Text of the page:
Kuzushi is not any more than the sum of a number of factors: timing, gripping, footwork, setup, etc. Now this seems like common sense, but how many times have we heard/said something that implies that kuzushi is more than the sum of these factors? In that sense, an overreliance on this concept can cause us to retreat into the magical thinking so common in TMA*.

    'Needs more kuzushi' is a phrase often thrown about, but if we consider kuzushi in the way I reccomend above, that is far too vague a statement. What specifically needs improvement? 'Kuzushi' is not itself an adequate answer to this question. One must address the specific factor(s) impeding the success of the throw. If student A has a weak hikite and student B has feet in the wrong place, and we (the instructor) correct these mistakes, we can say in conventional judo parlance "I helped them improve their kuzushi". But clearly we did two seperate things.

    In this way kuzushi becomes an unquantifiable concept. And when one gets into the unquantifiable, it's all too easy to retreat into mysticism.

    Now I might get flack for this because this might go against something Kano wrote. But I find such orthodoxy pathetic, like Vatican theologists who've never experienced a moment of true spirituality in their lives.** Kano was an innovator, a punk kid who shook up the jujutsu world and applied scientific reasoning to the formerly esoteric. To treat his words as gospel is profoundly disrespectful to his memory.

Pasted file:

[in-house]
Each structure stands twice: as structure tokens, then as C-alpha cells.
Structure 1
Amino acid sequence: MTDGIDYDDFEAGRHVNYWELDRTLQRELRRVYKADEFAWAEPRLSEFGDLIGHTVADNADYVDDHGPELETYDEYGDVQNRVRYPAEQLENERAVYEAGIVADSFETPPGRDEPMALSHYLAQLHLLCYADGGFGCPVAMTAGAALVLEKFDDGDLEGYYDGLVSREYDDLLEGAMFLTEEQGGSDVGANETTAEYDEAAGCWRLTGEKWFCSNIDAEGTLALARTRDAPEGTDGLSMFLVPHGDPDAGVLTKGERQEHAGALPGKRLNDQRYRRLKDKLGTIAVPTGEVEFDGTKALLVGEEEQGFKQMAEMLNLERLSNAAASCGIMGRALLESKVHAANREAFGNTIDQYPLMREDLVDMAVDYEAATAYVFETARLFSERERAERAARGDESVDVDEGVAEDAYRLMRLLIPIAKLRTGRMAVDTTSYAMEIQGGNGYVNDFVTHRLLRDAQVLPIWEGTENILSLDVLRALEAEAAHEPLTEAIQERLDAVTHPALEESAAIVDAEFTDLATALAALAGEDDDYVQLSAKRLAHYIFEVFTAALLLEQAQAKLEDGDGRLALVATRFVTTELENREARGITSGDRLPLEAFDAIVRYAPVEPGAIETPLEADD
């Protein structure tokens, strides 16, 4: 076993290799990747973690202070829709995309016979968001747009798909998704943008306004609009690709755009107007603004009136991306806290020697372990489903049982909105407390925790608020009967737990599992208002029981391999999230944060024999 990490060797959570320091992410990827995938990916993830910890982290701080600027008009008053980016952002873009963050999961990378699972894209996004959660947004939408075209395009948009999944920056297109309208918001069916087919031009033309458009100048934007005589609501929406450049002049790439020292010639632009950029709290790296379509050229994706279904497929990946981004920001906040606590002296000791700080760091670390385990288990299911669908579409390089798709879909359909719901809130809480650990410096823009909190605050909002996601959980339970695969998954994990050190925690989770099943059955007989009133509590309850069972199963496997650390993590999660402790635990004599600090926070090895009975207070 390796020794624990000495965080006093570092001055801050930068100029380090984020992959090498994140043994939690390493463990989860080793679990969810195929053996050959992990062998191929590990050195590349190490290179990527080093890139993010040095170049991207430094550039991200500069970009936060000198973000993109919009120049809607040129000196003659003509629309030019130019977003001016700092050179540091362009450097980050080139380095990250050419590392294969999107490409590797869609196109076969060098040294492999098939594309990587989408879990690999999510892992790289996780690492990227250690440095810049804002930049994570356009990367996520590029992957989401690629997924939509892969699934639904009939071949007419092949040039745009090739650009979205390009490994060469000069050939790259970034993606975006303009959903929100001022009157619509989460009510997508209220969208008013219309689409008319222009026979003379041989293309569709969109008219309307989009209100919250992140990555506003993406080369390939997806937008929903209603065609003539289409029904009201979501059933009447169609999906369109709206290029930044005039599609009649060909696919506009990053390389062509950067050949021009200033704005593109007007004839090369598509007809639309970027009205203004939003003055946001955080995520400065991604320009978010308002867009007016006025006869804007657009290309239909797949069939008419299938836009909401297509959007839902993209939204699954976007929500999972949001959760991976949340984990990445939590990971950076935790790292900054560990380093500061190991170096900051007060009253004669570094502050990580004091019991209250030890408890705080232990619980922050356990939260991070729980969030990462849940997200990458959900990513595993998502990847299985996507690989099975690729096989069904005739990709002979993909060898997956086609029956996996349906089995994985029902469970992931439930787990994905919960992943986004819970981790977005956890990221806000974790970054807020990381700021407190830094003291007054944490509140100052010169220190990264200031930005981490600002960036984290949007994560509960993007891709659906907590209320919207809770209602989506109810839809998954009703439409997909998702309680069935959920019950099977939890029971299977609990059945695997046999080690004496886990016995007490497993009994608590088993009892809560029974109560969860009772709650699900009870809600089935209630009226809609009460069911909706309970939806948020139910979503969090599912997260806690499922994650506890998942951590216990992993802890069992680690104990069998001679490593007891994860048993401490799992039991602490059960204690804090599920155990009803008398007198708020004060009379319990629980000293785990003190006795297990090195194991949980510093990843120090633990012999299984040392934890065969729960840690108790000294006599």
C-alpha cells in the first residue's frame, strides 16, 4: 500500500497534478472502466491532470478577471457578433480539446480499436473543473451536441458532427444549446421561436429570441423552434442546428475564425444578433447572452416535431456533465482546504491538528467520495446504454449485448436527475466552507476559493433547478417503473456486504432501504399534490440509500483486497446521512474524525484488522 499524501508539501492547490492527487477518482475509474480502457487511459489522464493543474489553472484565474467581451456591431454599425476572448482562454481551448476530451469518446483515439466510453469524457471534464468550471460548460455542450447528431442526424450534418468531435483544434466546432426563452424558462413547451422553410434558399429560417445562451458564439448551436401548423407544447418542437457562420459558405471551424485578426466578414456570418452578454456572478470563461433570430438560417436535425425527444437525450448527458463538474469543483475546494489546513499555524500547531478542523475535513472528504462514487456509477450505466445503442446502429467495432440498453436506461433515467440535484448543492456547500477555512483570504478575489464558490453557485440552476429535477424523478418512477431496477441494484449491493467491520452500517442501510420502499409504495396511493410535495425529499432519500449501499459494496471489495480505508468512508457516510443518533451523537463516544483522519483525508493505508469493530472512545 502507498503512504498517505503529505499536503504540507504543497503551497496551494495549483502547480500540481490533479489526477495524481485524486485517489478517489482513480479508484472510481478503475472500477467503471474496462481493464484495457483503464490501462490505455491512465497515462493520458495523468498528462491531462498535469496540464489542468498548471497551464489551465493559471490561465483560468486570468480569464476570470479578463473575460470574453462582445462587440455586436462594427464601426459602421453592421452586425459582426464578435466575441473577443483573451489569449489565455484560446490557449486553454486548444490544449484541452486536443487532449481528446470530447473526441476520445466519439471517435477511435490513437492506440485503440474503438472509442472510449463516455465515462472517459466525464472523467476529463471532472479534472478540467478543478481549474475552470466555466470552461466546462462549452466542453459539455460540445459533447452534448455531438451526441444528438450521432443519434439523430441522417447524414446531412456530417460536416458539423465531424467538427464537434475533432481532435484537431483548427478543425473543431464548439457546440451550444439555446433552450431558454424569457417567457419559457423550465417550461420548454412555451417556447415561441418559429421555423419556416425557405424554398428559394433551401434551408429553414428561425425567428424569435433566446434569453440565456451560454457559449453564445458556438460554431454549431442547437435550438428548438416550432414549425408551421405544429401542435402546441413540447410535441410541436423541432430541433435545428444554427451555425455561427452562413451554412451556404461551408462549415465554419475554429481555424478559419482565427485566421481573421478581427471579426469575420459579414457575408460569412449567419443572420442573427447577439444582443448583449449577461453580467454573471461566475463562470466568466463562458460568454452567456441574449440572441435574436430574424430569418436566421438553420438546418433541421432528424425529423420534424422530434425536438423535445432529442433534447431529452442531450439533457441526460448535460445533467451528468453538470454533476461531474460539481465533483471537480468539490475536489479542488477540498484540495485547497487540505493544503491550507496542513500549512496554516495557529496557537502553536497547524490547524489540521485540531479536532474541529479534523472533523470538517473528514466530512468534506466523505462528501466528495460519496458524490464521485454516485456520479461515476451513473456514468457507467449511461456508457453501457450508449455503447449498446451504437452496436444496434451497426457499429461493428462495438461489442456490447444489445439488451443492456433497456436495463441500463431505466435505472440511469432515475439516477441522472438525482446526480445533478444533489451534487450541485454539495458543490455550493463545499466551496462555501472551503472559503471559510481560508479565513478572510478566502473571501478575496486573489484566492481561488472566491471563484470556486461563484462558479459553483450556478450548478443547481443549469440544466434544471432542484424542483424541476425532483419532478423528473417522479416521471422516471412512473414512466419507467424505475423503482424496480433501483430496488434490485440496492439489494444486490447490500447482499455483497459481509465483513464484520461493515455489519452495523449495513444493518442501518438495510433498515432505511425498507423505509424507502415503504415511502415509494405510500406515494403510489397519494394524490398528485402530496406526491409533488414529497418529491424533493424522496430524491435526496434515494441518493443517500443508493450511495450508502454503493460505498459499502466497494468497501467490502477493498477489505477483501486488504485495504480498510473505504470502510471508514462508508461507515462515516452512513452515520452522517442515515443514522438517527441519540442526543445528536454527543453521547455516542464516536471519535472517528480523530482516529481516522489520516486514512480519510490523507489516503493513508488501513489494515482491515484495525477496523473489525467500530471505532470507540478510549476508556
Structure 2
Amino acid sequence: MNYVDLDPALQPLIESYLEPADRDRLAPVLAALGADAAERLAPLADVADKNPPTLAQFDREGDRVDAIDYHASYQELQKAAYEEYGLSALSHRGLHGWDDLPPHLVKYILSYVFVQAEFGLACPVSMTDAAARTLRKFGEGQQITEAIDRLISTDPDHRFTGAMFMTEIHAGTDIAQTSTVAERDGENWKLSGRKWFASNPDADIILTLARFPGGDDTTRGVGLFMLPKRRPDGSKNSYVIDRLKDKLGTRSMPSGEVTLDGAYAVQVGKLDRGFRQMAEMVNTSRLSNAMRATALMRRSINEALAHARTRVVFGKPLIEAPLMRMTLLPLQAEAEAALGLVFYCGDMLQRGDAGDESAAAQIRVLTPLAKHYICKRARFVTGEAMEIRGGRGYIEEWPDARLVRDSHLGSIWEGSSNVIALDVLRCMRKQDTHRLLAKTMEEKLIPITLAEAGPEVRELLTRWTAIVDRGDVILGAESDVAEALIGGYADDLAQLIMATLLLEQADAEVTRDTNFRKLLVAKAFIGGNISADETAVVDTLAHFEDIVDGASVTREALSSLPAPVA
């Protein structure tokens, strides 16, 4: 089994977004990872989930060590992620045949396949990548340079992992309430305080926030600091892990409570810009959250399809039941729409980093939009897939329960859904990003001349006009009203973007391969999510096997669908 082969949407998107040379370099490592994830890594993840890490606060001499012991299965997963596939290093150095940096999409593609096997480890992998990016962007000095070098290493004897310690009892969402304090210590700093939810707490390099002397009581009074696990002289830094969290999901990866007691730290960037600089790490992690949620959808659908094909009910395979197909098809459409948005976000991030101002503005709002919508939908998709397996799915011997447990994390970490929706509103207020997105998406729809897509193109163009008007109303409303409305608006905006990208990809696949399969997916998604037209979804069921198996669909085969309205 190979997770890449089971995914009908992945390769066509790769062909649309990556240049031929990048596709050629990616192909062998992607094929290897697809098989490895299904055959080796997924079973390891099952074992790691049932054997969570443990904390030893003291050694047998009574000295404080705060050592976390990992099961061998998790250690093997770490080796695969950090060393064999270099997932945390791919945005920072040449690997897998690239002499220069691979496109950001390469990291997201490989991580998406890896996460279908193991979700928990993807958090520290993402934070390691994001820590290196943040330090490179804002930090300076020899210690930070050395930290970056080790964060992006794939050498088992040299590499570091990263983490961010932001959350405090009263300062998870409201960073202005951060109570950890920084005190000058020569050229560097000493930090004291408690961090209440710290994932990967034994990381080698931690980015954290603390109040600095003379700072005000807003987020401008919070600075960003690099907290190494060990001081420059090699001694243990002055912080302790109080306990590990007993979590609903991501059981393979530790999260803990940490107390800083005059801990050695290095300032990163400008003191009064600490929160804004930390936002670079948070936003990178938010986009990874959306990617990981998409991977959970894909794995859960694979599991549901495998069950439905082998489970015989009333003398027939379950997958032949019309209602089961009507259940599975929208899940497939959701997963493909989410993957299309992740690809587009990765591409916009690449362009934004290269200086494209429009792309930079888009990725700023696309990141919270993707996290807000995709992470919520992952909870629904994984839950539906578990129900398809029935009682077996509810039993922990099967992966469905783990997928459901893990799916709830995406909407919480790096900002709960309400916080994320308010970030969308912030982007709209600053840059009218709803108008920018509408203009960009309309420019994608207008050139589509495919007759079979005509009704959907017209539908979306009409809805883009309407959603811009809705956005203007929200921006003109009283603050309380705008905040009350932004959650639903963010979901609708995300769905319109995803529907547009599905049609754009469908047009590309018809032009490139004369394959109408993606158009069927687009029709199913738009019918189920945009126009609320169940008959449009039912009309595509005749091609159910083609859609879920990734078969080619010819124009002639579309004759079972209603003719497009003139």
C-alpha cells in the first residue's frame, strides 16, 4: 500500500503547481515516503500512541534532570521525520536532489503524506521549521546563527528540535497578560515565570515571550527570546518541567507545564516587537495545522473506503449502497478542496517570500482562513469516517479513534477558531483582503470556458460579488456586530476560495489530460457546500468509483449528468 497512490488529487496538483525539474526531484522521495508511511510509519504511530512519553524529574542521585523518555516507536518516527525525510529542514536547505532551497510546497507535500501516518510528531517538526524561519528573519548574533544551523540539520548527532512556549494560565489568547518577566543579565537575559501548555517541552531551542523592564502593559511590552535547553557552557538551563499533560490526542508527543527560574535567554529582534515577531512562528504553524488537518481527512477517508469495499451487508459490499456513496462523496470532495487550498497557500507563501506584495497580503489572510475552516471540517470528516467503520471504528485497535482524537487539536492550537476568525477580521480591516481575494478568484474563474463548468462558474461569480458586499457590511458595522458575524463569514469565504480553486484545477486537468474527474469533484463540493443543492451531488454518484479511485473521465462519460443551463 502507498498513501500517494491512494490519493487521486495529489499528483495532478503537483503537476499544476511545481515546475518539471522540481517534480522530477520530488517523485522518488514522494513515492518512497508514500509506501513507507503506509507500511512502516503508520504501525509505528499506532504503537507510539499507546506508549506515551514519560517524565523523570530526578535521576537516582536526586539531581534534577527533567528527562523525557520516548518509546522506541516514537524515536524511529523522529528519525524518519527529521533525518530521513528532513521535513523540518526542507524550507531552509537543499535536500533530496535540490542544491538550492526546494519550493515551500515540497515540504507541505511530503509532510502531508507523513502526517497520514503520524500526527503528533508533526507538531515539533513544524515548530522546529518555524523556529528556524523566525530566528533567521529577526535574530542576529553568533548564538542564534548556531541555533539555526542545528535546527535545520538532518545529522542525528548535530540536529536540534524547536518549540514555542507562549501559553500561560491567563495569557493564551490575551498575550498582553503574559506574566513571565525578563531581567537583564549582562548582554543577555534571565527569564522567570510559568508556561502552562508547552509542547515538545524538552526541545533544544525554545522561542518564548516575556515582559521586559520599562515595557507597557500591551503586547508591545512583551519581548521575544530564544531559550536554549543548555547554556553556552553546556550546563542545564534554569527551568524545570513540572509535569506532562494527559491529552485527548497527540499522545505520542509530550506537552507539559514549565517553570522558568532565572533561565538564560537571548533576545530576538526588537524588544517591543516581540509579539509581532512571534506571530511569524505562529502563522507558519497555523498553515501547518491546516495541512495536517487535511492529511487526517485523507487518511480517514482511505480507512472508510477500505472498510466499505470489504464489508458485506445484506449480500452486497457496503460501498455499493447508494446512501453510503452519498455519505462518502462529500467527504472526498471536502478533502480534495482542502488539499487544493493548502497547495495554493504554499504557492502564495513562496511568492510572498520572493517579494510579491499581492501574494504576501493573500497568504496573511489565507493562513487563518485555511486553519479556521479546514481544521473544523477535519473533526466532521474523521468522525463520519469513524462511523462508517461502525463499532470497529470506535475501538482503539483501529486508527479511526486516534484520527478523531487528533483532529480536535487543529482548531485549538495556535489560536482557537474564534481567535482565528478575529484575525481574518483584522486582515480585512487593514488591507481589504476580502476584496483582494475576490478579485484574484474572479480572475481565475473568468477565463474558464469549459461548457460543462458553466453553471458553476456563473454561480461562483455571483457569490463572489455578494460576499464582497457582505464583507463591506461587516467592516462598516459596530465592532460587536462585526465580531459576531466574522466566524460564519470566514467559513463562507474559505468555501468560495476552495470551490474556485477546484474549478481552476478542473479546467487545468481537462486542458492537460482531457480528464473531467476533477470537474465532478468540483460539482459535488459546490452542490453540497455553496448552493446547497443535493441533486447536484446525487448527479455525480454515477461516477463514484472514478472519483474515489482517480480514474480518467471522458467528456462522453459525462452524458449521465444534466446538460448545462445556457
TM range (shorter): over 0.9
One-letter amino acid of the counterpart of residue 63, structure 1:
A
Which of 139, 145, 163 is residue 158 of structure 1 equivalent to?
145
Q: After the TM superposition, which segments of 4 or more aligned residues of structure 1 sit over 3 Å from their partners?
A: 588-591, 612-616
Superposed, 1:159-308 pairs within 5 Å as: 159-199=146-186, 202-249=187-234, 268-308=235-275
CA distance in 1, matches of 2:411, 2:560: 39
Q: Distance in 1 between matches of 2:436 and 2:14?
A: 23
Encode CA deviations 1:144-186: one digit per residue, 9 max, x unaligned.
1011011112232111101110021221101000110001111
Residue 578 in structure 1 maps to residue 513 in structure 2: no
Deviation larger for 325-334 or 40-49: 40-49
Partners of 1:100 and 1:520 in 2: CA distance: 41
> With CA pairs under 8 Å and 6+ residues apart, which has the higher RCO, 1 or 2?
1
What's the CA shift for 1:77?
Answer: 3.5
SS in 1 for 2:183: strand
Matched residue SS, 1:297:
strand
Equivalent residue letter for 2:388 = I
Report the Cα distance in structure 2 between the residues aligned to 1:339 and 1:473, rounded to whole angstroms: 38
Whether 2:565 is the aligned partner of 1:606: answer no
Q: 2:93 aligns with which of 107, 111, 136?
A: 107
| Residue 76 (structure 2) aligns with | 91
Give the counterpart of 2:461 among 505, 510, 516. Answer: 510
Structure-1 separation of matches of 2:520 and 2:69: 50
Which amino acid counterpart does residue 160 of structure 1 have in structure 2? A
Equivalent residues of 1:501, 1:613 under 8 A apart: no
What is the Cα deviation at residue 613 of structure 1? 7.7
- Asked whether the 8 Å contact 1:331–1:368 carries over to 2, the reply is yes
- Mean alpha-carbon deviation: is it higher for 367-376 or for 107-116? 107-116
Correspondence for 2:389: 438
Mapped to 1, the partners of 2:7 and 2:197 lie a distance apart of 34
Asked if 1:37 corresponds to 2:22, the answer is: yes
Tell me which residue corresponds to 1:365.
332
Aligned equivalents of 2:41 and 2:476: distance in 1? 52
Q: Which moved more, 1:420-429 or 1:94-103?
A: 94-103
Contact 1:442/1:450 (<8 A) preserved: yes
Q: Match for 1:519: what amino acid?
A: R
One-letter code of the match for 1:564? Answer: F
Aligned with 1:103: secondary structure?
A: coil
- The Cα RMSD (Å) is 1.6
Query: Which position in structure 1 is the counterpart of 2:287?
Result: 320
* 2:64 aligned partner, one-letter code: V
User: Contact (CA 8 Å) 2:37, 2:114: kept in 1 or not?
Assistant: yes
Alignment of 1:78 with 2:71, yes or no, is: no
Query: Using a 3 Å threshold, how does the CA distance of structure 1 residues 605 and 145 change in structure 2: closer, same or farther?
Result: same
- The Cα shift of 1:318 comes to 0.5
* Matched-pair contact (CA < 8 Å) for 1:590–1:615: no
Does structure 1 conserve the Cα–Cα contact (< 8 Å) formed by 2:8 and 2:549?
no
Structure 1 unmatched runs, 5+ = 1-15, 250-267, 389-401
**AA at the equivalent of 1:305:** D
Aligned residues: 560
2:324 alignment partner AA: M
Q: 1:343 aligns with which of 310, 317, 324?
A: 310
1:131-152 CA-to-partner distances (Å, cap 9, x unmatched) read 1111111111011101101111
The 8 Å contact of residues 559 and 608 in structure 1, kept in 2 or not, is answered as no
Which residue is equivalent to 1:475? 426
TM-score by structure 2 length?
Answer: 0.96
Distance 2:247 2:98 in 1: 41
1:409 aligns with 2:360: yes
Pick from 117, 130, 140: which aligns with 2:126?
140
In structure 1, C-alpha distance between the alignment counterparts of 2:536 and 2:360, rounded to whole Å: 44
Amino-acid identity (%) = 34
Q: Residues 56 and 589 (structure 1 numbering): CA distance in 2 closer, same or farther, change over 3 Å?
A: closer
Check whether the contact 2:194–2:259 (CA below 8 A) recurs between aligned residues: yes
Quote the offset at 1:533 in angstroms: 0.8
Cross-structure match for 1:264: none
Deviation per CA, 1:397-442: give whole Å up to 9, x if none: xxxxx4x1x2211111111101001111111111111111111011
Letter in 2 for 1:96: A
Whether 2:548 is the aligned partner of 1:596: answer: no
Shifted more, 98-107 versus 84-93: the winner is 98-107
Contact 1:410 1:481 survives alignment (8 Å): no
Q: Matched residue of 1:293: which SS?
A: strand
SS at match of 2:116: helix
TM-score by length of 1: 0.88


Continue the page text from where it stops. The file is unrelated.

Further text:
*I have no interest in debating what is or isn't a TMA. You know what i'm talking about.

    **I'm Italian and Puerto Rican, I can say that kindof thing


    "The only important elements in any society
    are the artistic and the criminal,
    because they alone, by questioning the society's values,
    can force it to change."-Samuel R. Delany

    RENDERING GELATINOUS WINDMILL OF DICKS

    THIS IS GOING TO BE THE BEST NON-EUCLIDIAN SPLATTERJOUST EVER

    It seems that the only people who support anarchy are faggots, who want their pathetic immoral lifestyle accepted by the mainstream society. It wont be so they try to create their own.-Oldman34, friend to all children